I’m supposed to be writing an essay on the role of the individual in processual and post-processual archaeologies, but instead I’m sitting here musing on the point of archaeology at all. I’ve enthused before that for me it’s the one true multi-disciplinary study as you are required to dip a toe into all sorts of intellectual waters, but that idea is really starting to hit home. Why do we study archaeology, what do we think we can know? It seems to me that what we think we can know is expanding all the time, based on what we think we can know about what it’s like to be a human NOW.

Technically, these advances in knowing are happening in disciplines that are studying what it’s like to be a human in the recent past, but the insights gained there are applied by archaeologists engaged in thinking about the deep past. There is an underlying assumption there that because we are human, both now and in the past, the ways of knowing about humanity are applied universally.

I’m currently reading about semiotics and structuralism, and yes, I can see the point of thinking about such things, BUT, do people really think about these things all the time? Surely the point is that most of this symbolic stuff happens below the level of consciousness. Therefore is it appropriate to imbue these meanings to the conscious level of prehistoric people? Granted, not having iPhones, they probably had a lot more time for sitting and thinking, and yes, the past was probably a lot more present to them than it is to my peers, but at the same time, I doubt looking at a toothpick and thinking of all the possible symbolic meanings that the toothpick might have to them, was a daily occurrence. These symbolic meanings need ‘pointing out’ to bring them to the attention of the conscious thought. That’s me airing my ignorance again, but there’s just this nagging feeling with all the ‘interpretative archaeology’ I’m reading, that we’re putting thoughts into people’s heads, and thinking a bit too much about this ourselves. Because we can.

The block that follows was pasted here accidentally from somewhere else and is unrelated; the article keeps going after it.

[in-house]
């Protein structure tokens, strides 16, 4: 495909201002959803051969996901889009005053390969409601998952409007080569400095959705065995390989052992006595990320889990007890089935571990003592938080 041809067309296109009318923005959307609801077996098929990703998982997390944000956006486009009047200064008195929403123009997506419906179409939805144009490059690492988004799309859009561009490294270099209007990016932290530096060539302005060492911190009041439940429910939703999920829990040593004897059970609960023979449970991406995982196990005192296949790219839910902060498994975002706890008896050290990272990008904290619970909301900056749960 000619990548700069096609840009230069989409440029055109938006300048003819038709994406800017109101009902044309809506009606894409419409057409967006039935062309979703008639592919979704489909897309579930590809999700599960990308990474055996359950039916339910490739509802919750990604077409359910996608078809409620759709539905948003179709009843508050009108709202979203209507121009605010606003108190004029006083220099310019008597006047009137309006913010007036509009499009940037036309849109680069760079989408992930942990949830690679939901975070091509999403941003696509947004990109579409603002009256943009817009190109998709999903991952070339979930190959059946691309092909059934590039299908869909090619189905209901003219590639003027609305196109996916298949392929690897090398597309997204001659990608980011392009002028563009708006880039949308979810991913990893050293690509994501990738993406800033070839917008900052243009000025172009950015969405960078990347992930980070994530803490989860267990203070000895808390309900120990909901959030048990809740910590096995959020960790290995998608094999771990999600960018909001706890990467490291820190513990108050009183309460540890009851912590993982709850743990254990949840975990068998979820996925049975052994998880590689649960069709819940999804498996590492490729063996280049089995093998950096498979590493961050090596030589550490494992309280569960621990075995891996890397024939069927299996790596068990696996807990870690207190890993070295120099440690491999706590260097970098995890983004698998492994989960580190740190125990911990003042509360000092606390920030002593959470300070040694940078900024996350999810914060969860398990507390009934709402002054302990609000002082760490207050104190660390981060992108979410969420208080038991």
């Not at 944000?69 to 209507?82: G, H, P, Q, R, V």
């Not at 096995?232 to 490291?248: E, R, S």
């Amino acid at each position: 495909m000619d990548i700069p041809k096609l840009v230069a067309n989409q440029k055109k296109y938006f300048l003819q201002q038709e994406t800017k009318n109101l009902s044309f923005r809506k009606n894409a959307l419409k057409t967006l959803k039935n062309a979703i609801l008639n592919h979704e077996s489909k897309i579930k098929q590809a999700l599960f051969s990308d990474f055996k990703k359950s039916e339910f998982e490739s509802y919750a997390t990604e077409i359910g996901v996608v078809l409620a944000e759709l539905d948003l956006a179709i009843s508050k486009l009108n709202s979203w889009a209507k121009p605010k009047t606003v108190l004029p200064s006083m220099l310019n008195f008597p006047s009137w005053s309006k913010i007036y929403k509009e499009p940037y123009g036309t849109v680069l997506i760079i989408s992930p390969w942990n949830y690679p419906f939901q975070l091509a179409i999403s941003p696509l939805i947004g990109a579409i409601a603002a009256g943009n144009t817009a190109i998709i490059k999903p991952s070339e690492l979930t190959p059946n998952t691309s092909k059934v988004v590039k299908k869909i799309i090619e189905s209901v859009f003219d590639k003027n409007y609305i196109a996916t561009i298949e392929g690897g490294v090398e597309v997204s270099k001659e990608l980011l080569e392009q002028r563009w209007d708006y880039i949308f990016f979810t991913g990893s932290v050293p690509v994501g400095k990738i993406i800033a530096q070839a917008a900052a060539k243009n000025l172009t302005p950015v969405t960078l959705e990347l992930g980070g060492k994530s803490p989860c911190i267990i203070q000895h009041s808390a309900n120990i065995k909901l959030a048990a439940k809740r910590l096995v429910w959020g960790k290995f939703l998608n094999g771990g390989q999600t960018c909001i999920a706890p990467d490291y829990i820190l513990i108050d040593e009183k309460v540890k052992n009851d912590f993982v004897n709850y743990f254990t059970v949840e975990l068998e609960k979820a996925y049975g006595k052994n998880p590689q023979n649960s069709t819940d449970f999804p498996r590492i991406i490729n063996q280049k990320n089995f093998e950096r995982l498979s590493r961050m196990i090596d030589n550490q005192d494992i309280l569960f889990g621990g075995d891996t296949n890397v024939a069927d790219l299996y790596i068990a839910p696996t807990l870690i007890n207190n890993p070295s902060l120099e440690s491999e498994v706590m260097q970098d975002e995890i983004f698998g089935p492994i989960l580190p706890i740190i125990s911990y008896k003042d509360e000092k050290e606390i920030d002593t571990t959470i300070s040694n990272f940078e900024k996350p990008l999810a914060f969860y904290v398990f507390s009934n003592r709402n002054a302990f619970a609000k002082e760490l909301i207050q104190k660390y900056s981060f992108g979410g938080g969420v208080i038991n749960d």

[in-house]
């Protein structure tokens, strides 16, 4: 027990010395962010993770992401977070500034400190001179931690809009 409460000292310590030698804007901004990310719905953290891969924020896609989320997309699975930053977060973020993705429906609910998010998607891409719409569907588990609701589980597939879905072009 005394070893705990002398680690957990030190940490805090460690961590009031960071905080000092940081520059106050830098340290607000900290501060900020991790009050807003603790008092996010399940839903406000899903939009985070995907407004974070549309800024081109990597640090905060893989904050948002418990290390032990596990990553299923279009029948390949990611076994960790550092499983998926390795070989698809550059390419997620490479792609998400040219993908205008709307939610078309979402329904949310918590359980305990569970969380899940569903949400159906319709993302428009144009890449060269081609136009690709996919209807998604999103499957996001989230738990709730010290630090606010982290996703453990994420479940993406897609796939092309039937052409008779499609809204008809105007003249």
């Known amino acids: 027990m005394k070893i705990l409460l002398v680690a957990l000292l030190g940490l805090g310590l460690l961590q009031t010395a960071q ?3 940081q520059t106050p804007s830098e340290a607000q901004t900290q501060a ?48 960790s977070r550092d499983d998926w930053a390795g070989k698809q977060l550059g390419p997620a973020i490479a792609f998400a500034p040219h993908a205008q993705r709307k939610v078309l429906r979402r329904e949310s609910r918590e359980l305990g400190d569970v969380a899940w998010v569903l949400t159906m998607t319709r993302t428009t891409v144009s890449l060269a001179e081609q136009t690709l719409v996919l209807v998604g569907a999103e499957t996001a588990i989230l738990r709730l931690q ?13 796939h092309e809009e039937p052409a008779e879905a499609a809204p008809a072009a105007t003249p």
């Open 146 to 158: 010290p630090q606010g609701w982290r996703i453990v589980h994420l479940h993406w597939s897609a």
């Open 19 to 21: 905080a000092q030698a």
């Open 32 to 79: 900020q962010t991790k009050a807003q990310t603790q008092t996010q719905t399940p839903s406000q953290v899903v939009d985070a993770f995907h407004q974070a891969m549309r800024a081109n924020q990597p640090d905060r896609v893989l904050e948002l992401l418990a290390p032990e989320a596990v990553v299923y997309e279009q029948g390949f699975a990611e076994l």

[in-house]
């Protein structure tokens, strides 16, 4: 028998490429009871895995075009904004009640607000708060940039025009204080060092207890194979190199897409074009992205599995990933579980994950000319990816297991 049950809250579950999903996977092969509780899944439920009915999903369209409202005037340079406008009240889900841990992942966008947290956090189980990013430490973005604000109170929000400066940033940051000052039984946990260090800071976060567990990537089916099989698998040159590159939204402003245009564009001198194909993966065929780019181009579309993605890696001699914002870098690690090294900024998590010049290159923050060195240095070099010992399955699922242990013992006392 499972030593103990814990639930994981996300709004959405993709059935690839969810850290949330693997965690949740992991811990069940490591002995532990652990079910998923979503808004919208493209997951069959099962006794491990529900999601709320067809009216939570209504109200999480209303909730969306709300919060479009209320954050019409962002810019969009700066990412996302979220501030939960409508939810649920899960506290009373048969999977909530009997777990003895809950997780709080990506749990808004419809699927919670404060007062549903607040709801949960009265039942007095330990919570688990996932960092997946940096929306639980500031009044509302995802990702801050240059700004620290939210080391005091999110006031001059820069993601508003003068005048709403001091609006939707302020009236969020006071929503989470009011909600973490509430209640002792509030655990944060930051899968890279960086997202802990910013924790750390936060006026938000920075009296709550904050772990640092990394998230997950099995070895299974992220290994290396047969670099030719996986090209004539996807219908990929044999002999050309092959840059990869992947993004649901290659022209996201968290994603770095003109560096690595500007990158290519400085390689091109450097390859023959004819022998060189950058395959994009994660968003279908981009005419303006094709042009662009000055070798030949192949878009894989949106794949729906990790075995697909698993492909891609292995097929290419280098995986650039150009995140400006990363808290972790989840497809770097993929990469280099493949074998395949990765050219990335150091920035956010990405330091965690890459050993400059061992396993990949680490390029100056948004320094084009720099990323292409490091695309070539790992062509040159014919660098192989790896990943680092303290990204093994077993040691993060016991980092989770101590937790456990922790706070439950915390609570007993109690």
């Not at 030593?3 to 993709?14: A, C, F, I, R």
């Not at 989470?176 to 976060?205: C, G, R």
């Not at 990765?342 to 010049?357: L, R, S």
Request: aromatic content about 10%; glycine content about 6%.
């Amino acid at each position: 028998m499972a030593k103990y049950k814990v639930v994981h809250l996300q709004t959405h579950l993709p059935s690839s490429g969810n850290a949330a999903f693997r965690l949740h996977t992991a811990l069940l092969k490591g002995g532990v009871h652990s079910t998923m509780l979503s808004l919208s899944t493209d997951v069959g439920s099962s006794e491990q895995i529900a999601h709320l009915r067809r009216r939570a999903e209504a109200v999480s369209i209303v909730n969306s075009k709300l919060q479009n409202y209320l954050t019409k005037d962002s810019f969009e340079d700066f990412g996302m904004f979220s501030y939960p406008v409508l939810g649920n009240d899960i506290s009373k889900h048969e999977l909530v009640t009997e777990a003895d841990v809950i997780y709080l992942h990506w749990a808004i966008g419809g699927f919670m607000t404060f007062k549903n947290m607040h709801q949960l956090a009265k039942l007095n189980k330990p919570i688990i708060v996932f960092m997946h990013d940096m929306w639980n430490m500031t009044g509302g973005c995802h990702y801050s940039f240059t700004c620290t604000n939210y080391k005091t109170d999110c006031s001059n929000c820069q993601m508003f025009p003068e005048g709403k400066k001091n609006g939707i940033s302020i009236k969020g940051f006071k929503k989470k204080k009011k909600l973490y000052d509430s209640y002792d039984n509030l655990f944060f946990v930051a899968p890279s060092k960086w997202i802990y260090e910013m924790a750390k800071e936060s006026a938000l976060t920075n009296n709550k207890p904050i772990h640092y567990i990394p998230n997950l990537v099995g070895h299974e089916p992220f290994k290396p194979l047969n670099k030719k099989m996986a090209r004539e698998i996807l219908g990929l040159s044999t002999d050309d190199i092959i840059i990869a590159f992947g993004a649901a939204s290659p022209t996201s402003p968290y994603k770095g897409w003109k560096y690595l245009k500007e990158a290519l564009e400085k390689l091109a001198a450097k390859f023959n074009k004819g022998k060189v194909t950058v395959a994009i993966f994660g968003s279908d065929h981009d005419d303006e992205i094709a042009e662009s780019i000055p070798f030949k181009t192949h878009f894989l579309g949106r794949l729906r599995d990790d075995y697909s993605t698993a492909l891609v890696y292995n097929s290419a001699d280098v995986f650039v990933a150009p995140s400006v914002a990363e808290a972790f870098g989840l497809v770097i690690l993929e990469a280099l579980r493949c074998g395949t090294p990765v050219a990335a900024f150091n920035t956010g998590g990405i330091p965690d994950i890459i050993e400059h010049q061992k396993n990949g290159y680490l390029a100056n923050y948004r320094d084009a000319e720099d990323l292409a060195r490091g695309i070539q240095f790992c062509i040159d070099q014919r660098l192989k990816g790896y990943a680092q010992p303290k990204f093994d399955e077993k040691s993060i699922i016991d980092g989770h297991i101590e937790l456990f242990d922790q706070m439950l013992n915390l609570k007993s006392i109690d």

This brings me back to the idea of the point of studying archaeology: are we really doing this to learn more about what people in the past might have thought and experienced, or are we doing this as a kind of applied sociology/philosophy – testing out these ideas on our ancestors? I’m writing about the role of the individual in this essay, but it seems to me that the individual most involved in the archaeology, is the archaeologist.

Written on October 29th, 2012 , Musings

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Notes from a field